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Title:Problematizing a 'fundamentalist' ideology: a close analysis of Atef Hetata's 'The Closed Doors' and Phil Mullaly's 'The Martyrs of Uganda'
Author:Mushengyezi, AaronISNI
Year:2009
Periodical:Journal of African Cinemas
Volume:1
Issue:2
Pages:173-188
Language:English
Geographic terms:Egypt
Uganda
Subjects:cinema
fundamentalism
homicide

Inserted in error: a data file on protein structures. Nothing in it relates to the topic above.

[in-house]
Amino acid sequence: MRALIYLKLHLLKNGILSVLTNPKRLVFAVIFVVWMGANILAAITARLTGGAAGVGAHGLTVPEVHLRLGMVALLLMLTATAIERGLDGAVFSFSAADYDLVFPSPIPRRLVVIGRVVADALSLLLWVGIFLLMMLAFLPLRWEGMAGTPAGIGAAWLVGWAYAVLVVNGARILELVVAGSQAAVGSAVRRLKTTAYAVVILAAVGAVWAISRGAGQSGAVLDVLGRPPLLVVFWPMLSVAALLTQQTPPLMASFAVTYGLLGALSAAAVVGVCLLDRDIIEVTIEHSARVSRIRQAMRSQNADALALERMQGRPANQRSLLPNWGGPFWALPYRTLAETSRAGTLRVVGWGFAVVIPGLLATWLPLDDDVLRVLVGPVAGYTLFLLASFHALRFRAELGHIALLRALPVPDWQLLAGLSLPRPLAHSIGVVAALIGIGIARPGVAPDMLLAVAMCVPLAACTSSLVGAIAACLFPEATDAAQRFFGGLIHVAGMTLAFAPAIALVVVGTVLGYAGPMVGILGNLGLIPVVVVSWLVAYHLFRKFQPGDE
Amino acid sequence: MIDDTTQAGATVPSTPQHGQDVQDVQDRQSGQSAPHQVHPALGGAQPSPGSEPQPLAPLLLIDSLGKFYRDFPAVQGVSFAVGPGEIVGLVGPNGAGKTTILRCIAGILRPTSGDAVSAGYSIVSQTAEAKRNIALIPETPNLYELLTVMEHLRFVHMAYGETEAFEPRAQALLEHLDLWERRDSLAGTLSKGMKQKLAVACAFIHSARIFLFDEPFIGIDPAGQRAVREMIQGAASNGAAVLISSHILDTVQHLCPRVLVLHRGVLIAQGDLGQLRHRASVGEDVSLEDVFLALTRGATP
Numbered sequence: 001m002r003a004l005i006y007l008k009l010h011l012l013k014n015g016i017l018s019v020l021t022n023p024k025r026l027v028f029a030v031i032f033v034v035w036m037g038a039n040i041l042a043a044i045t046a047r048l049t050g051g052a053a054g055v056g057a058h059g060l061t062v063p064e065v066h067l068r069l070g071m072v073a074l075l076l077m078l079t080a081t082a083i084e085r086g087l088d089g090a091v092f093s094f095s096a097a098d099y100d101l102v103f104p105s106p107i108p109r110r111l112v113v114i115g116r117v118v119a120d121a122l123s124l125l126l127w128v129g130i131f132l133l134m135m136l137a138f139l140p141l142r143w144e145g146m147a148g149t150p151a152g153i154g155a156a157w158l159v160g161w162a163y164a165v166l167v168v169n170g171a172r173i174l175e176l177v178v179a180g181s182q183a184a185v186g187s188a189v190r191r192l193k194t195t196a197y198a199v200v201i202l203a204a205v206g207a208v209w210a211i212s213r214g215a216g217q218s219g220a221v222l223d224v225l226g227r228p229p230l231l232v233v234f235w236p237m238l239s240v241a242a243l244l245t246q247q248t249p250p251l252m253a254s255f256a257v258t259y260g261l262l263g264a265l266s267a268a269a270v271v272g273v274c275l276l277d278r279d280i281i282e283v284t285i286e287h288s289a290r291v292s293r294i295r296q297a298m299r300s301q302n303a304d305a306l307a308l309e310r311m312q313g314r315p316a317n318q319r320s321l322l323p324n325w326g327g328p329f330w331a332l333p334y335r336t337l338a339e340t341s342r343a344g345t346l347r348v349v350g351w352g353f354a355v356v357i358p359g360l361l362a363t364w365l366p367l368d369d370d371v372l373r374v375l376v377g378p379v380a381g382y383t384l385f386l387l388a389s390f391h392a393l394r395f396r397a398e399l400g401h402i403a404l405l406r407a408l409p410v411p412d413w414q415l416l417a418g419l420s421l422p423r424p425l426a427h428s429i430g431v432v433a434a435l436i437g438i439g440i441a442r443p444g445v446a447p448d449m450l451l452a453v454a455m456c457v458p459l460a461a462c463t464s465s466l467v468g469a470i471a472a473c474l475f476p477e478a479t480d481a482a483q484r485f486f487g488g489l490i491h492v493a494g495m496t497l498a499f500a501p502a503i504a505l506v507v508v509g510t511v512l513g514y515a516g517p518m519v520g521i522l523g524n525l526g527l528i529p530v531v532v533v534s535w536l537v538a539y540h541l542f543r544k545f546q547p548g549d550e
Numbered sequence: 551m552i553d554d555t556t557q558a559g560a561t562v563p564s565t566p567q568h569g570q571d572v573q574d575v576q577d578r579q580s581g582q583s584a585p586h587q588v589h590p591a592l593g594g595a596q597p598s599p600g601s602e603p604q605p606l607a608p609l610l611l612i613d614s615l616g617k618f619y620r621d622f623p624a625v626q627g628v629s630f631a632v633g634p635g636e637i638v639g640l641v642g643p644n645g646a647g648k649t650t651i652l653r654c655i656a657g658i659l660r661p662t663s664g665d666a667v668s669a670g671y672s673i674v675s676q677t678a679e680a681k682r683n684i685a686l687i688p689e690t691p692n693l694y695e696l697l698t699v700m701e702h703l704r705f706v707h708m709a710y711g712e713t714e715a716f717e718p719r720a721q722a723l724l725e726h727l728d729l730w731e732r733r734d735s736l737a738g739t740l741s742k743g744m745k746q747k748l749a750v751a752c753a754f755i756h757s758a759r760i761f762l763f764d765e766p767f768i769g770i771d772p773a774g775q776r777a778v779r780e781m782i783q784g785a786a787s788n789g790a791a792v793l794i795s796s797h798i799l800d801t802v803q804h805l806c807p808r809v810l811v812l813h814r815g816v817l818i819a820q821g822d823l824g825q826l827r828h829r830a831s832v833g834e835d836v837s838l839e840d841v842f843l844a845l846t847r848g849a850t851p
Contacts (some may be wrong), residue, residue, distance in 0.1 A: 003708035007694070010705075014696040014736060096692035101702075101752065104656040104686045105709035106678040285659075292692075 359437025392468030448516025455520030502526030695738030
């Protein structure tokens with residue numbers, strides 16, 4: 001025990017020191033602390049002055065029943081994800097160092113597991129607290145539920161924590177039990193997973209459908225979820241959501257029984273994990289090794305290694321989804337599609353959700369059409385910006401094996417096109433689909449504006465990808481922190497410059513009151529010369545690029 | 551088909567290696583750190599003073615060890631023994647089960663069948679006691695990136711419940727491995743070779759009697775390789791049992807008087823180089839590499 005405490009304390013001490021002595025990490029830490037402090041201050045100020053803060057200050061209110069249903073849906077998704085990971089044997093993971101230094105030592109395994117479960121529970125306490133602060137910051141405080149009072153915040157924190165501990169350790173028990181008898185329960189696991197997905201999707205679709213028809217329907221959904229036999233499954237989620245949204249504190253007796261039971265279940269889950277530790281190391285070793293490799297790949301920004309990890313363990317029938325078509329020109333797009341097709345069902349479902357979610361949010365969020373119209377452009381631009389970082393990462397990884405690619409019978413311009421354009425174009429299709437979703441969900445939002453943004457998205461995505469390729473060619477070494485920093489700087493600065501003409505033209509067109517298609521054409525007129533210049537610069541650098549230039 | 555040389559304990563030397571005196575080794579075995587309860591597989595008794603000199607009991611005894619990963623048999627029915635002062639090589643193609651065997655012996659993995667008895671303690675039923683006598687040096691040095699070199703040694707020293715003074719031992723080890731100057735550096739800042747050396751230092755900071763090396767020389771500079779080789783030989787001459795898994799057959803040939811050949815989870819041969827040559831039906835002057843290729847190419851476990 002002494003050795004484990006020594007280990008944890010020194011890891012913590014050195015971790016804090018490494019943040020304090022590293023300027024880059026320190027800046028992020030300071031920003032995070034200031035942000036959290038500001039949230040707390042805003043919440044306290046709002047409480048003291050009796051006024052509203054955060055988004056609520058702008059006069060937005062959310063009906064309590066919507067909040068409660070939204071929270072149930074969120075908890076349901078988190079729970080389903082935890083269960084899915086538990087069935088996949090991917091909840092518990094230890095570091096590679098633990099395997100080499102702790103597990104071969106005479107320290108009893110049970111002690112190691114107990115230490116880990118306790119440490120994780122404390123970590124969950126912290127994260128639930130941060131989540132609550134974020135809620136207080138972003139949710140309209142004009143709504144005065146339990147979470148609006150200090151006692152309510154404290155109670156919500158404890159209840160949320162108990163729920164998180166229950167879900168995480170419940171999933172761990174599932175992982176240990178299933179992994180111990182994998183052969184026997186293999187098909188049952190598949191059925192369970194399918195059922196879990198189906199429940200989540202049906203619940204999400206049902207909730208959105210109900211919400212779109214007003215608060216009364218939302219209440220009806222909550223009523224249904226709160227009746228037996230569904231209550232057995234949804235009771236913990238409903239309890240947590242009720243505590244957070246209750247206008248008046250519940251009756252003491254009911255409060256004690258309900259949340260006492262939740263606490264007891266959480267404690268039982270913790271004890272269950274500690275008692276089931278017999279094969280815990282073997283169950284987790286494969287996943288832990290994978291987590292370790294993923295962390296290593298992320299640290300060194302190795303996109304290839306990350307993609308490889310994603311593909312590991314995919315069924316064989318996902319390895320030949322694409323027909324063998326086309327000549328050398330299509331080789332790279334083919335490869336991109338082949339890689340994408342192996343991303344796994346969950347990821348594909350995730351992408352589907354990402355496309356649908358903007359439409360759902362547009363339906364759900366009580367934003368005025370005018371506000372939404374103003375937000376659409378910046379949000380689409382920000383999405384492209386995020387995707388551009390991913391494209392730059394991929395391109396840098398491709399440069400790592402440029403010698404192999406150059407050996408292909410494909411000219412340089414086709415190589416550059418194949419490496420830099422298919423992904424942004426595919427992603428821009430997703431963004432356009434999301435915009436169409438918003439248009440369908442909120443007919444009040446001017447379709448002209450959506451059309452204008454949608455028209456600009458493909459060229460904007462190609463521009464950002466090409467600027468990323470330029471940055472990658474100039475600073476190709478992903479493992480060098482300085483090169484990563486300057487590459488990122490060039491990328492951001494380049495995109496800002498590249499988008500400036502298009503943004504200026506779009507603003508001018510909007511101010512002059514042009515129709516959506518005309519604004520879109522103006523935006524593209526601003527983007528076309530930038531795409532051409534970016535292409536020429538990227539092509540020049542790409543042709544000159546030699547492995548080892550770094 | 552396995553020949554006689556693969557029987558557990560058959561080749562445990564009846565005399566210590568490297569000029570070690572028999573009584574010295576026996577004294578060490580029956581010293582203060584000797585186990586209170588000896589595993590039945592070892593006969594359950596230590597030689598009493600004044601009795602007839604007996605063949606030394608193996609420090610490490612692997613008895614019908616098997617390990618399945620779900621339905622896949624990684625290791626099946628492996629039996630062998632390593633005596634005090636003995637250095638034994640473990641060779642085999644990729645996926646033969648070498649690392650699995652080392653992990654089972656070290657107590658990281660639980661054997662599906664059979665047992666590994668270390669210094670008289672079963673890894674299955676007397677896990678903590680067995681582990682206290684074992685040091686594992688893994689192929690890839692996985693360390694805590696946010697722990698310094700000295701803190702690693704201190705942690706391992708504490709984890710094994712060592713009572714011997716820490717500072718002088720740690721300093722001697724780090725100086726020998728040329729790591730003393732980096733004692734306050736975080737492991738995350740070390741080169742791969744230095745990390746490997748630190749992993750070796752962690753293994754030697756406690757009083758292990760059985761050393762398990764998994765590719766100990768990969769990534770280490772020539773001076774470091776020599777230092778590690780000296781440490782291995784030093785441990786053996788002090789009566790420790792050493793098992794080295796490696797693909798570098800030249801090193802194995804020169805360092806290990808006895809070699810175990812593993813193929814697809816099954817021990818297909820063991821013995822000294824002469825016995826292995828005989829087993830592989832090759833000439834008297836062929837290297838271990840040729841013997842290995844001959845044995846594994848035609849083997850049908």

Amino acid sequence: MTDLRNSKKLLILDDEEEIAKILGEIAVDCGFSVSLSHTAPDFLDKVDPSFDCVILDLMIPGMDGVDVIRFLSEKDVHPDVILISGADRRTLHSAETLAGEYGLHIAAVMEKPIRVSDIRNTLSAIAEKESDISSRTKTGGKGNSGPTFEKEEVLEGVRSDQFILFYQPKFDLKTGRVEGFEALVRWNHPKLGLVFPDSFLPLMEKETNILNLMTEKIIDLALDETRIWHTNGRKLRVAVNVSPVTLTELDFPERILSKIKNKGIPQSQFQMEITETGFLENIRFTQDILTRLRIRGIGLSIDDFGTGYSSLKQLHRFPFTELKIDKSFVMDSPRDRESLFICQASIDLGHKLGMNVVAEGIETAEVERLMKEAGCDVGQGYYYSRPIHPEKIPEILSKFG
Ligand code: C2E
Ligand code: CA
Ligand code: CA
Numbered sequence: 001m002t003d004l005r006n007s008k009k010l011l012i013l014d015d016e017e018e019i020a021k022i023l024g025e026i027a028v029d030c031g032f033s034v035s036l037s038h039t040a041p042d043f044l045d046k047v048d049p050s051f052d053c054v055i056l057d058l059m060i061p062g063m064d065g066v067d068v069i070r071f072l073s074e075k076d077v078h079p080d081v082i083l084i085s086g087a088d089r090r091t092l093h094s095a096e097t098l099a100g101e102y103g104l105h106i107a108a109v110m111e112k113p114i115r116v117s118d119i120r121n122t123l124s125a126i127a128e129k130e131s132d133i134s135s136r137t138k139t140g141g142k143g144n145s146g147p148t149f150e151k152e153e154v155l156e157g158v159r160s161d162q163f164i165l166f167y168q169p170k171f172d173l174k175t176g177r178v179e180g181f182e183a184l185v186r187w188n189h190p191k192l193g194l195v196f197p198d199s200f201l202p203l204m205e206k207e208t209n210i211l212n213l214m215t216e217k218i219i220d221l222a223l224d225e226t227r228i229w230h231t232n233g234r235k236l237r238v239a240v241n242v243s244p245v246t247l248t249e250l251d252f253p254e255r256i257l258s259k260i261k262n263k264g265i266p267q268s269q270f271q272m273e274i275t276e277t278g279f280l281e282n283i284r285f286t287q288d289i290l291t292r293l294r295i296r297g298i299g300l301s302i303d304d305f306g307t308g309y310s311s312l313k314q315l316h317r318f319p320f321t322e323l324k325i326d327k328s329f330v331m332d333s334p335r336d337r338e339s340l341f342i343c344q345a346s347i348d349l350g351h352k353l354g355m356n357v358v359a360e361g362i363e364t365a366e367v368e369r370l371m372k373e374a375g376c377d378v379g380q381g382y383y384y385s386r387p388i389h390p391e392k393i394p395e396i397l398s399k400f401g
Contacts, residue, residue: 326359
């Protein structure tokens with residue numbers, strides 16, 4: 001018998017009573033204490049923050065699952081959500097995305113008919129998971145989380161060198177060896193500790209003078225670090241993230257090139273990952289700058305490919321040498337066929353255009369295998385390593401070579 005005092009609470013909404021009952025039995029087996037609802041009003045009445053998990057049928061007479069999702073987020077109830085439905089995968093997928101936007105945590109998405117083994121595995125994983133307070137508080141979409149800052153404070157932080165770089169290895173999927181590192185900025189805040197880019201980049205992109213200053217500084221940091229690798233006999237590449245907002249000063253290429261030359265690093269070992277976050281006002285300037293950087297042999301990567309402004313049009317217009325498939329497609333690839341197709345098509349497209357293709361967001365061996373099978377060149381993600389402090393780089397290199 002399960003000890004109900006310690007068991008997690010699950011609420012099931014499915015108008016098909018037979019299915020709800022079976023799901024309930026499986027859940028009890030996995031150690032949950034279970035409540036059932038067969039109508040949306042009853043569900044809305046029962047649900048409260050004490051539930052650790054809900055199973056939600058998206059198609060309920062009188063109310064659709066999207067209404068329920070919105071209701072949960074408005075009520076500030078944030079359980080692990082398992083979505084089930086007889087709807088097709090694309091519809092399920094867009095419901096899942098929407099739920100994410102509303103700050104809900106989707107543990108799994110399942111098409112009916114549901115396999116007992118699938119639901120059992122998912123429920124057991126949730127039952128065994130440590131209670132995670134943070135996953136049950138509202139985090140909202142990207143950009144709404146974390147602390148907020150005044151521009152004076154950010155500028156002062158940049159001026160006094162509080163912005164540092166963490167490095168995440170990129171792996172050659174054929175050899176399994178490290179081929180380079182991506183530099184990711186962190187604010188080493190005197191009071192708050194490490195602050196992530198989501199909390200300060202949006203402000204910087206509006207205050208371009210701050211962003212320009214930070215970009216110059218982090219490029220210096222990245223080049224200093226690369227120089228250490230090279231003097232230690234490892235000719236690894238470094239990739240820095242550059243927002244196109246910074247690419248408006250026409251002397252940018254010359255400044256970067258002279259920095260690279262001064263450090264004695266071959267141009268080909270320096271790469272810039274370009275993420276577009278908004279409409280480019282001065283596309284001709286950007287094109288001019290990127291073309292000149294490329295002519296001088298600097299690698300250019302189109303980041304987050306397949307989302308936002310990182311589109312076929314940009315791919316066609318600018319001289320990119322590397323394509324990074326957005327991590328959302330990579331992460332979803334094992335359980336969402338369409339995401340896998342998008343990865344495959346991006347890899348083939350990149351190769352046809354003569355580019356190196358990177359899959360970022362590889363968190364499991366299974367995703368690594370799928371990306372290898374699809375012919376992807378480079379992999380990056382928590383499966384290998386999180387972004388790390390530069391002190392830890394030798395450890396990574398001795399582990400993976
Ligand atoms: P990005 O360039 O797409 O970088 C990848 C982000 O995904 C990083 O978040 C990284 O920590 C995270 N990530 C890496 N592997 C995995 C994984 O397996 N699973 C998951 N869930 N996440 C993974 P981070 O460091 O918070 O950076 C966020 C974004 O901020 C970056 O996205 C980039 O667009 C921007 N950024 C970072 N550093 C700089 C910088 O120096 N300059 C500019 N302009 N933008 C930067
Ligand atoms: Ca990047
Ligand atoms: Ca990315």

Abstract:This paper discusses Atef Hetata's 'The Closed Doors' (Egypt, 1999) and Phil Mullaly's 'The Martyrs of Uganda' (1996) and the ways in which they problematize a 'fundamentalist' vision. While Islamic fundamentalism is a major problem in Egypt, Uganda is predominantly Christian. However, the country has a history of radical Christianity that led to the murder of Christian converts by Kabaka (king) Mwanga II of Buganda in 1885-1887. The burning alive of 26 Christian converts on 3 June 1886 marked the climax of these events, which are captured in the film 'The Martyrs of Uganda'. Through close reading and analysis of the language, cinematographic and mise en scène elements in these films, the paper examines the filmmakers' portrayal of the dilemmas and dangers posed when extremist religious dogma conflicts with the socioeconomic and political realities and contradictions in society. The paper raises questions about the course of action human beings choose in pursuit of extremist agendas today in a world where tolerance for diversity and multiculturalism has become part and parcel of a new global culture. Bibliogr., notes, ref., sum. [Journal abstract, edited]
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